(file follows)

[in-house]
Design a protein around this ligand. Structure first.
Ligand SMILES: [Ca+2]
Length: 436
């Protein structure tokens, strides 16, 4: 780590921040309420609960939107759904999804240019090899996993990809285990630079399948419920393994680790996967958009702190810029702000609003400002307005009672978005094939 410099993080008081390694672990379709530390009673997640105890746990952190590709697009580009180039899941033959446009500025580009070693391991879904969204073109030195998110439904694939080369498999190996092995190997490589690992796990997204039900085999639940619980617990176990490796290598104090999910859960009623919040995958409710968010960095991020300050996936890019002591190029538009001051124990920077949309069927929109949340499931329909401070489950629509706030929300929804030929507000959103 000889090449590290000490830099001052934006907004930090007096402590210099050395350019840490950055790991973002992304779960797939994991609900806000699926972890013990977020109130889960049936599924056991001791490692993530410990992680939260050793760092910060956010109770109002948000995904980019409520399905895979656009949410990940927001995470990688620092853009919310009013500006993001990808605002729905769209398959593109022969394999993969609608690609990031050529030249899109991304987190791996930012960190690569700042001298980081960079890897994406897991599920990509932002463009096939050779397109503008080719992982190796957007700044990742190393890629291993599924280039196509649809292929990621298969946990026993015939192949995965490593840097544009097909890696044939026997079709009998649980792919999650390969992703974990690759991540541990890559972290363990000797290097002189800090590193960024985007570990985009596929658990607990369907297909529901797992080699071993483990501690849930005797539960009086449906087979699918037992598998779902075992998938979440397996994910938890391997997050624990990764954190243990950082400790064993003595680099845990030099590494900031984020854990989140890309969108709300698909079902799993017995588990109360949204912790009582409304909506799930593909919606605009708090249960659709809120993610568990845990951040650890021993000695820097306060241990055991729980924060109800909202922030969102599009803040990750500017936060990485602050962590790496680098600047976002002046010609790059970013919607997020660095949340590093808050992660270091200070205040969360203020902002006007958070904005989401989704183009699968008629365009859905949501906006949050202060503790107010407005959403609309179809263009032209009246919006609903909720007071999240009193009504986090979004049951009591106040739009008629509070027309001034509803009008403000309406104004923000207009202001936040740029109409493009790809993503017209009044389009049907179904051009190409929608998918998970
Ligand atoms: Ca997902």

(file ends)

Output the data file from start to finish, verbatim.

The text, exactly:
[in-house]
Design a protein around this ligand. Structure first.
Ligand SMILES: [Ca+2]
Length: 436
């Protein structure tokens, strides 16, 4: 780590921040309420609960939107759904999804240019090899996993990809285990630079399948419920393994680790996967958009702190810029702000609003400002307005009672978005094939 410099993080008081390694672990379709530390009673997640105890746990952190590709697009580009180039899941033959446009500025580009070693391991879904969204073109030195998110439904694939080369498999190996092995190997490589690992796990997204039900085999639940619980617990176990490796290598104090999910859960009623919040995958409710968010960095991020300050996936890019002591190029538009001051124990920077949309069927929109949340499931329909401070489950629509706030929300929804030929507000959103 000889090449590290000490830099001052934006907004930090007096402590210099050395350019840490950055790991973002992304779960797939994991609900806000699926972890013990977020109130889960049936599924056991001791490692993530410990992680939260050793760092910060956010109770109002948000995904980019409520399905895979656009949410990940927001995470990688620092853009919310009013500006993001990808605002729905769209398959593109022969394999993969609608690609990031050529030249899109991304987190791996930012960190690569700042001298980081960079890897994406897991599920990509932002463009096939050779397109503008080719992982190796957007700044990742190393890629291993599924280039196509649809292929990621298969946990026993015939192949995965490593840097544009097909890696044939026997079709009998649980792919999650390969992703974990690759991540541990890559972290363990000797290097002189800090590193960024985007570990985009596929658990607990369907297909529901797992080699071993483990501690849930005797539960009086449906087979699918037992598998779902075992998938979440397996994910938890391997997050624990990764954190243990950082400790064993003595680099845990030099590494900031984020854990989140890309969108709300698909079902799993017995588990109360949204912790009582409304909506799930593909919606605009708090249960659709809120993610568990845990951040650890021993000695820097306060241990055991729980924060109800909202922030969102599009803040990750500017936060990485602050962590790496680098600047976002002046010609790059970013919607997020660095949340590093808050992660270091200070205040969360203020902002006007958070904005989401989704183009699968008629365009859905949501906006949050202060503790107010407005959403609309179809263009032209009246919006609903909720007071999240009193009504986090979004049951009591106040739009008629509070027309001034509803009008403000309406104004923000207009202001936040740029109409493009790809993503017209009044389009049907179904051009190409929608998918998970
Ligand atoms: Ca997902």